Less than half of IT bosses know XDR, but 4 in 5 agree it is needed

A new research from ExtraHop found uncertainty around the definition of XDR (extended detection and response), even if implementation and resources are needed.

Commissioned by ExtraHop, Wakefield Research surveyed a large group of IT decision makers to to understand their current and future plans to implement an XDR strategy, their perceptions of the value of XDR and required capabilities, and obstacles to adoption.

Despite uncertainty, nearly a third of participants believe an XDR strategy goes beyond endpoint detection, with over half believing they don’t have the resources for proper implementation.

Findings show that 78% of respondents believe wider adoption of XDR strategies and solutions is critical to mitigating risk and improving resiliency. 

Further demonstrating this, the majority (72%) have already deployed an XDR strategy at their organization and another 20% are planning to implement one in the next 12 months.

However, as XDR’s popularity has skyrocketed, confusion about what it is, who benefits from it, and how organizations can successfully implement it is growing.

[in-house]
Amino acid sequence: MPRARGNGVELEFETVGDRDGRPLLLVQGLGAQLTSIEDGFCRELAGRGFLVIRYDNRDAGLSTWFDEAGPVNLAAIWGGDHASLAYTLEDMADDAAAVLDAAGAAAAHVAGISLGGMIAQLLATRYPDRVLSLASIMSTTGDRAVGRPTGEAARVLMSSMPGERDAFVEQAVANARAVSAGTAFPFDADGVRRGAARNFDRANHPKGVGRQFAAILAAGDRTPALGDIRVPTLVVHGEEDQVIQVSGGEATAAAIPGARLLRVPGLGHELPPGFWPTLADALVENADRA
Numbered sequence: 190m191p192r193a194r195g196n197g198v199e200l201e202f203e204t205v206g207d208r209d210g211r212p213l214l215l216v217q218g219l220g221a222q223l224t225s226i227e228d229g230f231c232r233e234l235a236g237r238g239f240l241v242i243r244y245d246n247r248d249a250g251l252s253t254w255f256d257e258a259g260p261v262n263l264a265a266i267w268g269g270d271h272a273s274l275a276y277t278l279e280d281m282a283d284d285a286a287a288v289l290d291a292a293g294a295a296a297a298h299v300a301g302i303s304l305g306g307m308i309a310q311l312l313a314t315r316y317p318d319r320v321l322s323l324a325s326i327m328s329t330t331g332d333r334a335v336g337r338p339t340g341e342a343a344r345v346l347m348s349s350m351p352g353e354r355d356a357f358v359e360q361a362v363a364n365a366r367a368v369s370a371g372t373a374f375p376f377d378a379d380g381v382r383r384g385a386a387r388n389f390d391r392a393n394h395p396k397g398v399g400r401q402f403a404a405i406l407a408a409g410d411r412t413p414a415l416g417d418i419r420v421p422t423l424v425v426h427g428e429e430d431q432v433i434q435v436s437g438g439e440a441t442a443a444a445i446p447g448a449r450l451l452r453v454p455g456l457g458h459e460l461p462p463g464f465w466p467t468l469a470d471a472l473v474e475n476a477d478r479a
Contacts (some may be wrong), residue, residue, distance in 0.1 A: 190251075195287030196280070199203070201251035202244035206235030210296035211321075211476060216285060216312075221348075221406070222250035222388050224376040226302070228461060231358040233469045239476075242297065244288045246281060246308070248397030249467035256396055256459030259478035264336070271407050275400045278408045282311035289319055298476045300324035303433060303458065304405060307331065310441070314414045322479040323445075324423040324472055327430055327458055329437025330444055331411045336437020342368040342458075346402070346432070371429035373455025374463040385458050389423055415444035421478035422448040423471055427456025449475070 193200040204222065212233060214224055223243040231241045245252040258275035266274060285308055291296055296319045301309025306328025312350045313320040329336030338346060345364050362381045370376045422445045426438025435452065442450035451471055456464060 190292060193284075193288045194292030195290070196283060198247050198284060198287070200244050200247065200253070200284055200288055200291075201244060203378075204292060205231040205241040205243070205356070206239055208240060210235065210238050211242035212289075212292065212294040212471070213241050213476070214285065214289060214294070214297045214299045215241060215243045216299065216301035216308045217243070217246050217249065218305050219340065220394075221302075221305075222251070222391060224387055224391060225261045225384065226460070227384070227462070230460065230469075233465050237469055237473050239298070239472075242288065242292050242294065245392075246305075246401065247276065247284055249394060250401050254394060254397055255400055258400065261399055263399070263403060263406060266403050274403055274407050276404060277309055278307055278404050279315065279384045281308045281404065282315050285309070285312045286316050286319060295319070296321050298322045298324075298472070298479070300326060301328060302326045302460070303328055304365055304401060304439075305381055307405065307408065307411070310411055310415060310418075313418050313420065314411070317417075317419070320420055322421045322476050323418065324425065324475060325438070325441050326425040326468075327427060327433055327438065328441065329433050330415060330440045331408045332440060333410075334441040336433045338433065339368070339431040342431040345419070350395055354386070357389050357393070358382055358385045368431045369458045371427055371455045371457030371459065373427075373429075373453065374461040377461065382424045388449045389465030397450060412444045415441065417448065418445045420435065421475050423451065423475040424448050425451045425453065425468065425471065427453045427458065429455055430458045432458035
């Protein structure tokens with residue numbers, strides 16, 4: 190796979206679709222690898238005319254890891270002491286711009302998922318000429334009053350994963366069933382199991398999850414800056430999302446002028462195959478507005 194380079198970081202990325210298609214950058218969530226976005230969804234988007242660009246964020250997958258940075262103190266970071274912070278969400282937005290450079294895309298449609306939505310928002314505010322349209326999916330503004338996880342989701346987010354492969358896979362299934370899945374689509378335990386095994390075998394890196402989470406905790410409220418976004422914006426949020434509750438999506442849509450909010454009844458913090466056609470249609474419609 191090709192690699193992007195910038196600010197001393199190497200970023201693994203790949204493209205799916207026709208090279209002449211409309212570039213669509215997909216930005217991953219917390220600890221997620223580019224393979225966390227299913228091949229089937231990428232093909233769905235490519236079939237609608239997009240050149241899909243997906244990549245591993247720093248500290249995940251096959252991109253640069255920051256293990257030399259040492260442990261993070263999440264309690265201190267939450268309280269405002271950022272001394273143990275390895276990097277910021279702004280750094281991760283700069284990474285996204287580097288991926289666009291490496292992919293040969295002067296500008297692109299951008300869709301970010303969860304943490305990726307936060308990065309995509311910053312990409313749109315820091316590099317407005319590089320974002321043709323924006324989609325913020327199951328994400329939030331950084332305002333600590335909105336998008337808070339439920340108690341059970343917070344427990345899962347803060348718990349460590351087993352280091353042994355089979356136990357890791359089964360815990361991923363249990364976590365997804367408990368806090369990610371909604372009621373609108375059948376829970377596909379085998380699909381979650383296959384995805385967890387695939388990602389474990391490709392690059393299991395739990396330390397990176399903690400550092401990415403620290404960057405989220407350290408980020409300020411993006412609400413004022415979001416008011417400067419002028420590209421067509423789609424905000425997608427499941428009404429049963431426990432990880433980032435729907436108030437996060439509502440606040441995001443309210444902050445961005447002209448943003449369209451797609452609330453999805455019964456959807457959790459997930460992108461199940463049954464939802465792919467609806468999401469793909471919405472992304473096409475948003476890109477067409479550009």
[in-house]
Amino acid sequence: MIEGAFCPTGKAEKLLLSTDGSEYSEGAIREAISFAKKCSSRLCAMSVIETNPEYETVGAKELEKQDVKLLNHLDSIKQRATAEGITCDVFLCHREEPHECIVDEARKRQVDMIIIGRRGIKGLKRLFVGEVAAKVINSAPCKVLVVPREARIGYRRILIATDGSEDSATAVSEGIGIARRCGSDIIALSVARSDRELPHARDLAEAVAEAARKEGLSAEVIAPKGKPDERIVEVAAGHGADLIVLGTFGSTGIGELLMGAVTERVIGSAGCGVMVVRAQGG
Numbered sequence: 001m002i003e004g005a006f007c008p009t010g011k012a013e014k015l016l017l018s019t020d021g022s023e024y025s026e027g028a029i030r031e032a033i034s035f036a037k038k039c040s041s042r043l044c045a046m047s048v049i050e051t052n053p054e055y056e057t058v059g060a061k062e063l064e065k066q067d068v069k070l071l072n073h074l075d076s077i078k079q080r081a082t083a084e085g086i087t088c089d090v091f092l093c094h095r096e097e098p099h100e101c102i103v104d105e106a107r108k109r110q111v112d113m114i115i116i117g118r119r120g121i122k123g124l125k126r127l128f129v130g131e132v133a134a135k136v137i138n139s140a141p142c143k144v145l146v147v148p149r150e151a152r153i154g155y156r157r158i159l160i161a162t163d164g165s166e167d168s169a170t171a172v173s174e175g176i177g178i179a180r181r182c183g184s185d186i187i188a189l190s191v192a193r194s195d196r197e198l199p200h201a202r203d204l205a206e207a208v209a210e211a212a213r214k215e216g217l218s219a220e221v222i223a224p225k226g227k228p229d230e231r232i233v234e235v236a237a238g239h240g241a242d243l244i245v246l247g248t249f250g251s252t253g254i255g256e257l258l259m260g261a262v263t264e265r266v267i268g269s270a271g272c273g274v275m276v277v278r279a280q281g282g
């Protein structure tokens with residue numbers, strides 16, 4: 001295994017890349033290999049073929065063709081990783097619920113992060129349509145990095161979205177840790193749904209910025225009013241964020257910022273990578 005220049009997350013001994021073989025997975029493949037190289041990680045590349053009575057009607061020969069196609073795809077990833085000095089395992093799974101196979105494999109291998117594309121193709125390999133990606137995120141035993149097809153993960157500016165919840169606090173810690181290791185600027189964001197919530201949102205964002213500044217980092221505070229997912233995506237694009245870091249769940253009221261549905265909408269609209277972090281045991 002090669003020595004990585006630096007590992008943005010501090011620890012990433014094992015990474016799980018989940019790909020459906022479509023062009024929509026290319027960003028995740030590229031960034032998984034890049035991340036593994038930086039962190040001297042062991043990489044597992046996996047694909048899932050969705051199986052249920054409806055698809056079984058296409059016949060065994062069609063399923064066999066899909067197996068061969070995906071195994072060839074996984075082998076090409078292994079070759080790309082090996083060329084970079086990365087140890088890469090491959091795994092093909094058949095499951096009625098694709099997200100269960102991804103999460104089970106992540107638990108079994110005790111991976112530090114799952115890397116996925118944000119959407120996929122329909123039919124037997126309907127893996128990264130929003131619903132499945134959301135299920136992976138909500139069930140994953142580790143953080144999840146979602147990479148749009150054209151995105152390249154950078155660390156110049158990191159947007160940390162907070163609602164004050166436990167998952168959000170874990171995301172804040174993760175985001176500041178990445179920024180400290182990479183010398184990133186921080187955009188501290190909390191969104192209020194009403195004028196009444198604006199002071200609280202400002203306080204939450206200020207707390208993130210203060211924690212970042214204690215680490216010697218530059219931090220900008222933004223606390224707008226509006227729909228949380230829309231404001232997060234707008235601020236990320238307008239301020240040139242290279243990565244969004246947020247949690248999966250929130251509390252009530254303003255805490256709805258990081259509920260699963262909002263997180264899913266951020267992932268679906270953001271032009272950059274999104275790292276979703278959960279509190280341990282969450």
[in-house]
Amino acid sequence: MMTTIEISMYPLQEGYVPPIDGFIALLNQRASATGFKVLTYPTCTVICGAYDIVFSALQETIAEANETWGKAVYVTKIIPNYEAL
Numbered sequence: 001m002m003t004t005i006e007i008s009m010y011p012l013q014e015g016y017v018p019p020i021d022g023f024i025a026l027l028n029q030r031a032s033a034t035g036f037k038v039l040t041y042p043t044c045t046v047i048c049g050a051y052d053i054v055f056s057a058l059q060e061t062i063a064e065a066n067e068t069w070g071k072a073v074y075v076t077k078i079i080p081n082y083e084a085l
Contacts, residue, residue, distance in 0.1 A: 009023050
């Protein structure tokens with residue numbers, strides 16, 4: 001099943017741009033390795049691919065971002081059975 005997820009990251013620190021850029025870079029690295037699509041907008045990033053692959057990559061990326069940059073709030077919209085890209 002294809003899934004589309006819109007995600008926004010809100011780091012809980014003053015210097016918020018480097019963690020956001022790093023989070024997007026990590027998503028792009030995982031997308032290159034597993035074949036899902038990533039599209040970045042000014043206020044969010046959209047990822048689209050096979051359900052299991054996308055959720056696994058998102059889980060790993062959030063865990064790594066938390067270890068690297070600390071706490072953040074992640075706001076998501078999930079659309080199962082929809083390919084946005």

Results also show that across the board, research indicates general confusion on XDR’s value proposition.

When asked to define XDR, only 47% of IT leaders could identify the true definition — a strategy for deepening threat visibility and accelerating threat detection and response by correlating endpoint data with higher fidelity network telemetry and other data sources.

Also, IT leaders agree that XDR goes beyond the endpoint. When discussing the different building blocks in their XDR tech stacks, there were a wide variety of answers. 

However, nearly a third of IT decision makers with XDR saw network detection and response (NDR) (32%) and security information and event management (SIEM) (31%) as top components to their strategy.

Further, XDR is incorrectly perceived as a resource-heavy solution, with 24% of respondents believe that using XDR would require an organisation to overhaul or replace components of its current network security strategy and solutions. Another 56% believe they don’t have enough staff or in-house expertise to oversee implementation.

“As the buzz around XDR skyrocketed in 2022, single-vendor solutions muddied the waters when it came to explaining what it is and how it works,” said Jeff Costlow, CISO at ExtraHop. 

“XDR is not a single solution – it’s a strategy that allows security teams to choose the best products for their organization without the fear of vendor lock-in,” said Costlow. “The key to XDR success lies in strong, purpose-built integrations that take the tools in your tech stack today to offer complete end-to-end visibility that will help stop sophisticated attacks in their tracks.”